Is it necessary to use bicycle lights at night? How to be properly lit, safe and visible when cycling at night? What kind of lights are the best for a bicycle?
1. Why reflectors DON’T do the job
2. Difference between “seeing” and “noticing” (consciously)
3. Bicycle lights
4. Common mistakes
…4.1. Blinking lights
…4.2. Lights too bright, or badly aligned lights
…4.3. Badly positioned lights
5. Should reflectors (“cat eyes”) be thrown away then?
When driving a car at night for example, you will often see reflective surfaces of traffic signs, road markings, even orange reflectors on bicycle pedals moving up and down when shone upon by your headlights. This sometimes makes people believe reflectors are all it takes to be seen on a bicycle. One can then wonder – why use lights on a bicycle? Aren’t reflectors enough?
Short answer: NO!
This is because reflective materials reflect light only in certain conditions, which can easily not be met. A reflector doesn’t have a battery that can go wrong, but it can “decide” to stop working for any reason listed below:
- It is outside light beam of the approaching car – it is not lit.
- Driver’s eye is out of the narrow, directed, cone into which reflector reflects the light back. This effect is worsened when the reflector is not correctly mounted. This is often the case with rear reflectors – they can often be seen mounted so they face downwards, or too upwards, or even to one side.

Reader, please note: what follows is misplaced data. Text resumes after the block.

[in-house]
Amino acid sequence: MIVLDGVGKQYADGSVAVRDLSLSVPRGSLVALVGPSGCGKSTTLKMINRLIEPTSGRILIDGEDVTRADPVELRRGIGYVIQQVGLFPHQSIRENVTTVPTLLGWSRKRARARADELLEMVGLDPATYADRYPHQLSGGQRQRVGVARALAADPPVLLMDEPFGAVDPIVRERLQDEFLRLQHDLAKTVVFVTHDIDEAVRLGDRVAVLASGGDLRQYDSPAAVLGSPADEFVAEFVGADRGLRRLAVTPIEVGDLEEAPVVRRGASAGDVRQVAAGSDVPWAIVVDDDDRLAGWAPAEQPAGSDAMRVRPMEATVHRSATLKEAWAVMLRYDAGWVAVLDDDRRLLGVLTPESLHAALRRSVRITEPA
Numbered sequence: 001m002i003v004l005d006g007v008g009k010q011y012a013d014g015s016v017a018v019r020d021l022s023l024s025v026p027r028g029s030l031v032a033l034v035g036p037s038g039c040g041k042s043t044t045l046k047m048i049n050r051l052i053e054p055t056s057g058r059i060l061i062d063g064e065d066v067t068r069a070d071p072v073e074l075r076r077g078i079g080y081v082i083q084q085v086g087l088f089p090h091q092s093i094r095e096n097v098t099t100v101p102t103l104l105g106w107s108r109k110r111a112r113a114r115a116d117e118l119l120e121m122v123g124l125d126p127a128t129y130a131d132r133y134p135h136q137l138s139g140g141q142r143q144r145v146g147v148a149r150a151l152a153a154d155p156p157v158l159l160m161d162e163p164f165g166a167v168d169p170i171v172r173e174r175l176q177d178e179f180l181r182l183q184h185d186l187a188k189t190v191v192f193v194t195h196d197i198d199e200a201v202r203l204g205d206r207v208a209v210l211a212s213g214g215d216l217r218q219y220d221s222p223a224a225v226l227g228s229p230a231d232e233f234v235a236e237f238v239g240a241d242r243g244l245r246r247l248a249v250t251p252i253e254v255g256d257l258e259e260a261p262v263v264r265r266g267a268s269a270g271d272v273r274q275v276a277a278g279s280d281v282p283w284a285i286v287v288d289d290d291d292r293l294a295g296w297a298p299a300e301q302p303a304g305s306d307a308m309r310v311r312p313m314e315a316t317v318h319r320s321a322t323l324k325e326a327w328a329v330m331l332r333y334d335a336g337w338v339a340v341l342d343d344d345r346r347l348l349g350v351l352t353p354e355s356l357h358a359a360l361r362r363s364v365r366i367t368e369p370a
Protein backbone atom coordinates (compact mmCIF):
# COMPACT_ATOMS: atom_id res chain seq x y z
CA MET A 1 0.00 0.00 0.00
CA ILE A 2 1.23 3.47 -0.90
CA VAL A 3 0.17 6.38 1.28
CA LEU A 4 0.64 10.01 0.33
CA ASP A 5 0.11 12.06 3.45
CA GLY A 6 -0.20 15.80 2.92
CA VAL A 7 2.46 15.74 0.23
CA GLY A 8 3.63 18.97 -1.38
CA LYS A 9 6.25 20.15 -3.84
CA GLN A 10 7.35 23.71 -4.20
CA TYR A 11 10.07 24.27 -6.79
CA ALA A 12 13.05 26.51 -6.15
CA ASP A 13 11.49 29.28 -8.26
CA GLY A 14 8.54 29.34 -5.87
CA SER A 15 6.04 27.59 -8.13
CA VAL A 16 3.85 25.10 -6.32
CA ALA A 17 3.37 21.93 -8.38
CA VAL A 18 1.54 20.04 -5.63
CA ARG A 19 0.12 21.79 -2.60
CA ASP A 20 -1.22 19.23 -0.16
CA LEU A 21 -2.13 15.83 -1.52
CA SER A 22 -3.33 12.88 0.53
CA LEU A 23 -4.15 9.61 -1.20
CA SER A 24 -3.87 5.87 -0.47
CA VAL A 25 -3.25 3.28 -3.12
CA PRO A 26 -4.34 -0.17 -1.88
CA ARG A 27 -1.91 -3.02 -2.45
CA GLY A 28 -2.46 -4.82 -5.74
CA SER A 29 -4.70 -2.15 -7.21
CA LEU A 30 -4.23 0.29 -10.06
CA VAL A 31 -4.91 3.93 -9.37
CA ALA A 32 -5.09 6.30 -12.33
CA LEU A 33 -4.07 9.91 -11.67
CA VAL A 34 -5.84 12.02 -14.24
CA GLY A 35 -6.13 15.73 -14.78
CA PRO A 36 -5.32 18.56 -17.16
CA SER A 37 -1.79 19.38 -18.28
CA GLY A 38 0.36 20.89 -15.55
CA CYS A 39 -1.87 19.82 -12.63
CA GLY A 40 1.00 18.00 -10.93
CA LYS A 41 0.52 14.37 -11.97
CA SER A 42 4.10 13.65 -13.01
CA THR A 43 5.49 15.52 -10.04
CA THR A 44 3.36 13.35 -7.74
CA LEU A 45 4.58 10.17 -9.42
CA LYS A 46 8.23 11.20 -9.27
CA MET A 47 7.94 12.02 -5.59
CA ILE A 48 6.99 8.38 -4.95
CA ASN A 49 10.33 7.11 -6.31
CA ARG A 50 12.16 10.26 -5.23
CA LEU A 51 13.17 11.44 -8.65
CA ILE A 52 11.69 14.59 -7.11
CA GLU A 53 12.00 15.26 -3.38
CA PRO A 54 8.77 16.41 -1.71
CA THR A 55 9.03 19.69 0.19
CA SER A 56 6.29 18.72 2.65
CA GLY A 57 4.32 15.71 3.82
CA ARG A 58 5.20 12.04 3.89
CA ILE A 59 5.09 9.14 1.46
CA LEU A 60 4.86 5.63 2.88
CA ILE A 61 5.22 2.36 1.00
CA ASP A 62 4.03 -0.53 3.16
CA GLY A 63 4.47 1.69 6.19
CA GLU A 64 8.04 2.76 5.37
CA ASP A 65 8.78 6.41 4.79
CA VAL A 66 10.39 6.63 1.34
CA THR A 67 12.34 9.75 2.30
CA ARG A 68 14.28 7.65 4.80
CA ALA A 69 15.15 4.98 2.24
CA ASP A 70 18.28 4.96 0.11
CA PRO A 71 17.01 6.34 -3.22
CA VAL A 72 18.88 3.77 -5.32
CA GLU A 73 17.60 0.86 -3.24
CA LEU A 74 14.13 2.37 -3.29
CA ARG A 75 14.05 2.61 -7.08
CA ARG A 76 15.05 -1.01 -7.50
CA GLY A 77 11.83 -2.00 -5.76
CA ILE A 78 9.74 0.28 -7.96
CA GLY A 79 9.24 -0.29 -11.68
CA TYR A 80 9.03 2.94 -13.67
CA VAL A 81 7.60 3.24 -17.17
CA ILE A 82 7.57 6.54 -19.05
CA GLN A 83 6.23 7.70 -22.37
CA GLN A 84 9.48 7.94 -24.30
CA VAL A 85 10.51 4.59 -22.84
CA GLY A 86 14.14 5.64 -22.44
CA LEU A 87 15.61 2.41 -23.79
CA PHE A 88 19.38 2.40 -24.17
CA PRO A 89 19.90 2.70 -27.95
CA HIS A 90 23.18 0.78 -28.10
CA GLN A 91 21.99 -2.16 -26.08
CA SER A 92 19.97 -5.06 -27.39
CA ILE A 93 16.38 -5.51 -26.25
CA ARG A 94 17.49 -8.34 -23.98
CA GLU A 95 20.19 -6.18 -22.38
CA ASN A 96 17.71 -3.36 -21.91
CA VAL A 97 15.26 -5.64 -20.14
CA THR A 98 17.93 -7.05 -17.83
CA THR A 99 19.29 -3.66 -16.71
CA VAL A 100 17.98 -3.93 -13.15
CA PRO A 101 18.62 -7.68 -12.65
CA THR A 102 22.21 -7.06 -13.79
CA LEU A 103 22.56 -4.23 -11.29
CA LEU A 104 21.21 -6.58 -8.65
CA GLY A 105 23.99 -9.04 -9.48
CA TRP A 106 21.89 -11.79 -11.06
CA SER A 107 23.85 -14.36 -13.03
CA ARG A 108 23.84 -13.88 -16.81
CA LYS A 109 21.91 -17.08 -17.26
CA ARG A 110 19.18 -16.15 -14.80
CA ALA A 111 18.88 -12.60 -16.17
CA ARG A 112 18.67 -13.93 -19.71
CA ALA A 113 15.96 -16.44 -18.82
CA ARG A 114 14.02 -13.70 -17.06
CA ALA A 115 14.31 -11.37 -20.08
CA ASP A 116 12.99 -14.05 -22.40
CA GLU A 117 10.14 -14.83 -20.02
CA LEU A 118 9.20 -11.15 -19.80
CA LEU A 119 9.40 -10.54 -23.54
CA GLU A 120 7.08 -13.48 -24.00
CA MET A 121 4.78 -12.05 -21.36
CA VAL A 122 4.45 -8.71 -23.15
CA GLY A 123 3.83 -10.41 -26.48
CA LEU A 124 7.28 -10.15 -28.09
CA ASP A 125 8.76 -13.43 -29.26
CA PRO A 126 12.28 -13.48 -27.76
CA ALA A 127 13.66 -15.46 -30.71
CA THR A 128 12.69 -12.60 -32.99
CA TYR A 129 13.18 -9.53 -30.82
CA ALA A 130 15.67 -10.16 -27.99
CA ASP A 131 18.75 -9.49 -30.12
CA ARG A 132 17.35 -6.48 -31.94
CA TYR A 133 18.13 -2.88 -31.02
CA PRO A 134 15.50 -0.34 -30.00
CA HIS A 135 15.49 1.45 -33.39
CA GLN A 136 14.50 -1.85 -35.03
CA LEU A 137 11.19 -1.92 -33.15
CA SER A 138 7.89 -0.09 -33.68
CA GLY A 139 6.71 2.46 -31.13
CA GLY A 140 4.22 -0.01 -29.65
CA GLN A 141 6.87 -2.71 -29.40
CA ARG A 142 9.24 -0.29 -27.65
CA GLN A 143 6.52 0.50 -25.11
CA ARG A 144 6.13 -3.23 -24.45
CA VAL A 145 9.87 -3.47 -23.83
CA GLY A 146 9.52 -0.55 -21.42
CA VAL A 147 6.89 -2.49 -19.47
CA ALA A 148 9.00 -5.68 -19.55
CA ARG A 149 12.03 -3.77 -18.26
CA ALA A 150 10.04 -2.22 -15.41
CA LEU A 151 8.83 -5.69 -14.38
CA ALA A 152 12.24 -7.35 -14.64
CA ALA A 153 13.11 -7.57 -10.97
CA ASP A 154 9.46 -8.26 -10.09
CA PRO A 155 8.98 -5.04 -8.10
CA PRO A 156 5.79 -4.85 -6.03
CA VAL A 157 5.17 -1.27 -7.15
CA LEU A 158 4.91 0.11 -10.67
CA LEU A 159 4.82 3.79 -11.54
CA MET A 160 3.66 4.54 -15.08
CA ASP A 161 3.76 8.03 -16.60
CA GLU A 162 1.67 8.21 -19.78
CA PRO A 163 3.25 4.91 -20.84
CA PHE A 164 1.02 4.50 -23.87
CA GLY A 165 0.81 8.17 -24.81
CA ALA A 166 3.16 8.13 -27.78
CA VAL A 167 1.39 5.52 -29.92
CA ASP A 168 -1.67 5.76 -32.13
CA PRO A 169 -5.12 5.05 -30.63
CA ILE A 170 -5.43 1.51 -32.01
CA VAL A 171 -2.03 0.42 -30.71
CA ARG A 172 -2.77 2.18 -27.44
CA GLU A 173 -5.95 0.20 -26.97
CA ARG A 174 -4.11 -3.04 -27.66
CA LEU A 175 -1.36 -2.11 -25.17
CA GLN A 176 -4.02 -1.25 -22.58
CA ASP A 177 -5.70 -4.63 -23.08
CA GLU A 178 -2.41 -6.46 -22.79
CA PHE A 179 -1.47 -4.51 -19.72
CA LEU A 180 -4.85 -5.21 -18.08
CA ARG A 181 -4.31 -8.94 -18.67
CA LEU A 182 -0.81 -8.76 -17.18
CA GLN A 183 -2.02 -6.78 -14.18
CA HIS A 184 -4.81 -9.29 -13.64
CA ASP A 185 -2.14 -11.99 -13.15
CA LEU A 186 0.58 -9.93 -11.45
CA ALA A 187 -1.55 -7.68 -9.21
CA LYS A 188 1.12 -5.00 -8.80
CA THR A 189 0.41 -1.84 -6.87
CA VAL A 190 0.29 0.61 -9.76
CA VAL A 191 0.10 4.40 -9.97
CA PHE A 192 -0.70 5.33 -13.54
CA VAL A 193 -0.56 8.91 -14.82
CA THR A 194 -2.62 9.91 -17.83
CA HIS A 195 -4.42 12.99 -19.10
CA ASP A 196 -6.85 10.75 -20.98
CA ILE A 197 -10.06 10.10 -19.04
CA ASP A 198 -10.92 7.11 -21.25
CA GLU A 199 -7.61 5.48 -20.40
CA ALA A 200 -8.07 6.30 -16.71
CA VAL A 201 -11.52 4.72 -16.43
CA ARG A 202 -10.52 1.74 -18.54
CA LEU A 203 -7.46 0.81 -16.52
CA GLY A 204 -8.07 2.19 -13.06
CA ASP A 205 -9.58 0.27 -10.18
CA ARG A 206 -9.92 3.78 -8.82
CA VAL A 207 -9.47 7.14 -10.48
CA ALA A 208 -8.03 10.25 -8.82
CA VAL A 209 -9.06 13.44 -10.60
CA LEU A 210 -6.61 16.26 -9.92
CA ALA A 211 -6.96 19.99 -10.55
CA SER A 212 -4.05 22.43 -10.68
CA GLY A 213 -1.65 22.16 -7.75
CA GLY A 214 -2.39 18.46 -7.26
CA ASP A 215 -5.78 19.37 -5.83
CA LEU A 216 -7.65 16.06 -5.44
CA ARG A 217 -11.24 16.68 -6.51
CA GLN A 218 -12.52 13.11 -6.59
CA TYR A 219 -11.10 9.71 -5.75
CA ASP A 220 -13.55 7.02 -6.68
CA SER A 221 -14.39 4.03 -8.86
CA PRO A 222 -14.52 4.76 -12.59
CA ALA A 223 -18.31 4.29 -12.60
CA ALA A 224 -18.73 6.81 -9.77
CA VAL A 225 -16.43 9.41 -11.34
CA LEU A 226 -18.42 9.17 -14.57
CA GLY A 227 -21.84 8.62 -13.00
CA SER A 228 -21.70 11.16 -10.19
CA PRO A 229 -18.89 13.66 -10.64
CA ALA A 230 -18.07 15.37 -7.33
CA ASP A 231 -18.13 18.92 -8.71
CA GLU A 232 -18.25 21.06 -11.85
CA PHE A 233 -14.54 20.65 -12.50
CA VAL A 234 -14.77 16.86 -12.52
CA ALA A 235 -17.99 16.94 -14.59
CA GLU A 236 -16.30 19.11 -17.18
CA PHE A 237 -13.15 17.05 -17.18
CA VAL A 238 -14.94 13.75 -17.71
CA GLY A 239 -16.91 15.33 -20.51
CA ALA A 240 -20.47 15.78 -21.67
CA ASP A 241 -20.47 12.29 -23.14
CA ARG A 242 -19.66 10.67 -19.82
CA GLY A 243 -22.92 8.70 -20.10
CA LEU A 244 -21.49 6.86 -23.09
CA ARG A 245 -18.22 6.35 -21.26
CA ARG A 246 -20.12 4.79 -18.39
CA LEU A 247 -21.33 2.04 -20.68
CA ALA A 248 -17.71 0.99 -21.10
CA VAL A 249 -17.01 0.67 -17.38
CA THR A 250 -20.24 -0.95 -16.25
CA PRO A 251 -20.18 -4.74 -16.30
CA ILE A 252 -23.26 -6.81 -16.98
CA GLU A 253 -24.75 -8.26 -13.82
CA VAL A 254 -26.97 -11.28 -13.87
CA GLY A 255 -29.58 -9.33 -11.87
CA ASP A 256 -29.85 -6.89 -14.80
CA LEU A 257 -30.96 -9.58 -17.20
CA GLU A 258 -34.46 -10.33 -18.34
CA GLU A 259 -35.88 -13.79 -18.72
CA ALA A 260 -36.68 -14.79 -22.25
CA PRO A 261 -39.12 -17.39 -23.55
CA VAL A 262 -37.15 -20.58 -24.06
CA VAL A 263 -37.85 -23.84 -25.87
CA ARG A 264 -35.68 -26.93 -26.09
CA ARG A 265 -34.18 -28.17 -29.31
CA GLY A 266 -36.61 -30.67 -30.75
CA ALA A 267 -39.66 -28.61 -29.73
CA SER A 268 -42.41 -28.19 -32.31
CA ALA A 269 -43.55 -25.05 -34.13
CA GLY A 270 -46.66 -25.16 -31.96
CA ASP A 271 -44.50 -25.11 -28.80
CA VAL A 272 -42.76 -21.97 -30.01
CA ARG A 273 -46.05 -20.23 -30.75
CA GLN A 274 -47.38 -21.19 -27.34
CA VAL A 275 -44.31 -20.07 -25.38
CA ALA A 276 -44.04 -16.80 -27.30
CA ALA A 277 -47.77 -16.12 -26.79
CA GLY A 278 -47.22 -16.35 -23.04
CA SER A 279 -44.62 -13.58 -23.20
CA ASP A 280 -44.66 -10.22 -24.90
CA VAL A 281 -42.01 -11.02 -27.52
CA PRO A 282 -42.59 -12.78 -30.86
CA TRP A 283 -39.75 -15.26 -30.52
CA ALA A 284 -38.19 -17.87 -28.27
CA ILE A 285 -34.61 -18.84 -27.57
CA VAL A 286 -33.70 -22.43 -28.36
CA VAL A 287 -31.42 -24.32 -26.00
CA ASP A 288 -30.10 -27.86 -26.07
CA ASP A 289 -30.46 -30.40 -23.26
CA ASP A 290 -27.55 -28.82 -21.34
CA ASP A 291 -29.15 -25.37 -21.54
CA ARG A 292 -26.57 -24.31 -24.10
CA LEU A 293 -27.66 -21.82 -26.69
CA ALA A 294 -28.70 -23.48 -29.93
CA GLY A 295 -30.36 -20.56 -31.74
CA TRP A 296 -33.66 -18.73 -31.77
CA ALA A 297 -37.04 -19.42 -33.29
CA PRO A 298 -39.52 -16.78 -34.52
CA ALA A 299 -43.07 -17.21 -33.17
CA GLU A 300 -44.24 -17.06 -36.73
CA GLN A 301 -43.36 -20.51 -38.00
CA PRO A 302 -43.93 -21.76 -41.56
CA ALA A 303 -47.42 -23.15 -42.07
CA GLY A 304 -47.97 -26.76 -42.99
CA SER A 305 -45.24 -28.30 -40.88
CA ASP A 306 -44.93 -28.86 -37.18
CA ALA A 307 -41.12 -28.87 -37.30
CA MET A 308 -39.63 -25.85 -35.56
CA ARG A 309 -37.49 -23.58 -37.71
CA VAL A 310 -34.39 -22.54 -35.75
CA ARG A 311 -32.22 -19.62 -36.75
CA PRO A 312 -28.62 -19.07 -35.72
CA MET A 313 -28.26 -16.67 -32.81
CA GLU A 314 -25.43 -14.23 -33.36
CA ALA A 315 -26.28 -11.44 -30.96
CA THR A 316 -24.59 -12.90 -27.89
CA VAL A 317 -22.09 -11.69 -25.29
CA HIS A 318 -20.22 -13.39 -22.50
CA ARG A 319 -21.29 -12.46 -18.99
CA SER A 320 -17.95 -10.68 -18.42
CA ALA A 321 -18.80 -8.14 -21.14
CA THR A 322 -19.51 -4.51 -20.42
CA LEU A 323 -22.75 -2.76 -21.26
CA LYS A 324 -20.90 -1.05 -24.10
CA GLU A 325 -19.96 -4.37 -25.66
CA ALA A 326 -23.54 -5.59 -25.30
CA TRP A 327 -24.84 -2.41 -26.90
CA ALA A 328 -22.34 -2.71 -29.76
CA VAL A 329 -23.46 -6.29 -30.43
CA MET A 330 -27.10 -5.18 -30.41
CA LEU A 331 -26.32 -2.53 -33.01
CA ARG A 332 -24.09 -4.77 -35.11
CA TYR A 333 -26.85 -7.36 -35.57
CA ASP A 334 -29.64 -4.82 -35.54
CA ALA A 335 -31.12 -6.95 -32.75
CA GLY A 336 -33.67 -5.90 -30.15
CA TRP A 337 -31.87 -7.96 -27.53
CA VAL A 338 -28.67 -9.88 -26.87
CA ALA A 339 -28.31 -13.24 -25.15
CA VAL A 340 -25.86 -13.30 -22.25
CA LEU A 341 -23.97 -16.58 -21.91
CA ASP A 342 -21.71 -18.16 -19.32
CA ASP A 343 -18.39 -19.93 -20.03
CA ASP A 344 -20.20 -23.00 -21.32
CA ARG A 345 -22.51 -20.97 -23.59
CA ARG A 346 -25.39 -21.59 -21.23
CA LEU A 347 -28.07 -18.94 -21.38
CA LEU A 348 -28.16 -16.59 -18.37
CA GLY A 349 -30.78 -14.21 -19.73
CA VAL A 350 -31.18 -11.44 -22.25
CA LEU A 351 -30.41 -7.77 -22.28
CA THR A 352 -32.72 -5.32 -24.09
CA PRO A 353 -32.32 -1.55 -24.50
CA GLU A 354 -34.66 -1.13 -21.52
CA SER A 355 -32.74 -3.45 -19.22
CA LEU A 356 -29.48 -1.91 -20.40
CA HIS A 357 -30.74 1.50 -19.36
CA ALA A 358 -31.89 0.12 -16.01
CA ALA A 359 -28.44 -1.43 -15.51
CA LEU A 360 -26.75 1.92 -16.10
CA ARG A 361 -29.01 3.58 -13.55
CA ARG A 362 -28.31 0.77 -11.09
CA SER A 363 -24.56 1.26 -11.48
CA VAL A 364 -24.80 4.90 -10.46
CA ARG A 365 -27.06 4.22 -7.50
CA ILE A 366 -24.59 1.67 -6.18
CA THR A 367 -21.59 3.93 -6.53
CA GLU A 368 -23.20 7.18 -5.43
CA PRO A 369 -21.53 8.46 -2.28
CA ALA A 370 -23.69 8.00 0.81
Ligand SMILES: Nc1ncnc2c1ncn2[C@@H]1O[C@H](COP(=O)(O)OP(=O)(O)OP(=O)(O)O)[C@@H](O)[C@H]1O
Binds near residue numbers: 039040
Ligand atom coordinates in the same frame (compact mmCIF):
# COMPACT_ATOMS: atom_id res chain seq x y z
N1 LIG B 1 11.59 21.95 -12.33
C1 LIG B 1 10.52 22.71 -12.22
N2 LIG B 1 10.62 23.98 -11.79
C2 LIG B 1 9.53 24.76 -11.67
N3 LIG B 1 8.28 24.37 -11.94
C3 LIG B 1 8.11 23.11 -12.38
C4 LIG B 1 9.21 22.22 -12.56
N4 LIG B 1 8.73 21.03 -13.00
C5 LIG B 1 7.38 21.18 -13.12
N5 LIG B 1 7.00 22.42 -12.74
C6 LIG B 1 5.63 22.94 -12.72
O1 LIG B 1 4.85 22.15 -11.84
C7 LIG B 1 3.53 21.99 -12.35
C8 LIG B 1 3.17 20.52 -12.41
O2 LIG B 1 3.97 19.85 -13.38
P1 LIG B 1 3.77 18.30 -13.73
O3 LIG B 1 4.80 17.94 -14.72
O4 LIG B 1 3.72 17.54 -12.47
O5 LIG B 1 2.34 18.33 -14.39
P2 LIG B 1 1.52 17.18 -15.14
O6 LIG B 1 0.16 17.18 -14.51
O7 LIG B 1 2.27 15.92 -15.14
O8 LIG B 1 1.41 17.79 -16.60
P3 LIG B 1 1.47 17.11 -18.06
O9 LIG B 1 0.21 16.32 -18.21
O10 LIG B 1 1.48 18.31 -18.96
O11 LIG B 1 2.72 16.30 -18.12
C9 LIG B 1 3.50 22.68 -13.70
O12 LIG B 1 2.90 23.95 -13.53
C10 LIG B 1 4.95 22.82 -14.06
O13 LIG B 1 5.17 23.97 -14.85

- In case of fog, headlights will have their light dissipated and very small amount will reach the reflector. The little light that gets reflected back towards the driver is also dissipated in the fog.
- Driver forgot to switch on their headlights, or the headlights don’t work. Functioning of reflectors depends on others.
- Surface of a reflector is scratched, or covered with dirt, or moisture.
It needs to be repeated: in order to work, reflector needs to be under direct light, and it directs light right back. That means that if it is lit from the left side, it will reflect the light to the opposite side – to the right.
For this reason, many reflectors have a surface that is “folded”, so they can reflect light from several angles. Still, when lit from a side, reflectors don’t reflect a lot of light, and are not as visible as (bicycle) lights. Especially if the oncoming vehicle doesn’t turn the lights on (not working, forgot to turn them on, doesn’t have any…).
Because of this, in the picture below, if all the cyclists have just reflectors (not lights), only the cyclist directly in front of the car will be visible. Which can be fatal for the cyclist coming from the right, if they expect to be given the right of way in the crossroad:
Reflectors are a good addition, but in no circumstance a replacement, or a even a backup for bicycle lights.
Before explaining what kind of bicycle lights are the best, a short explanation of the difference between “seeing” and “noticing”. Human brain filters information it receives. Otherwise people couldn’t function from all the information overload. This applies to observing as well. For example, try to count the number of ball passes the white team made in the video below:
This video clearly shows that people see only what they’re looking fore. You did see everything, but you didn’t notice at first, did you? 🙂
The same goes for bicycles. Drivers expect two rather bright lights, other cars that is. That is what they look for. They look for traffic lights. But most of them don’t look for cyclists, not actively enough. That is why it’s not enough to be a big black bear, one needs to be a brightly coloured, shining one. 🙂
This is important to know in order to understand what kind of lights are good to have on a bicycle.
Lights that light the road well are important for unlit roads. However, all the night riding conditions (and low visibility conditions, such as fog, rain, dusk/dawn) and roads require lights that make cyclist be seen and noticed.
What kind of lights are these? Lights that shine bright, shine constantly, and do not blind the drivers.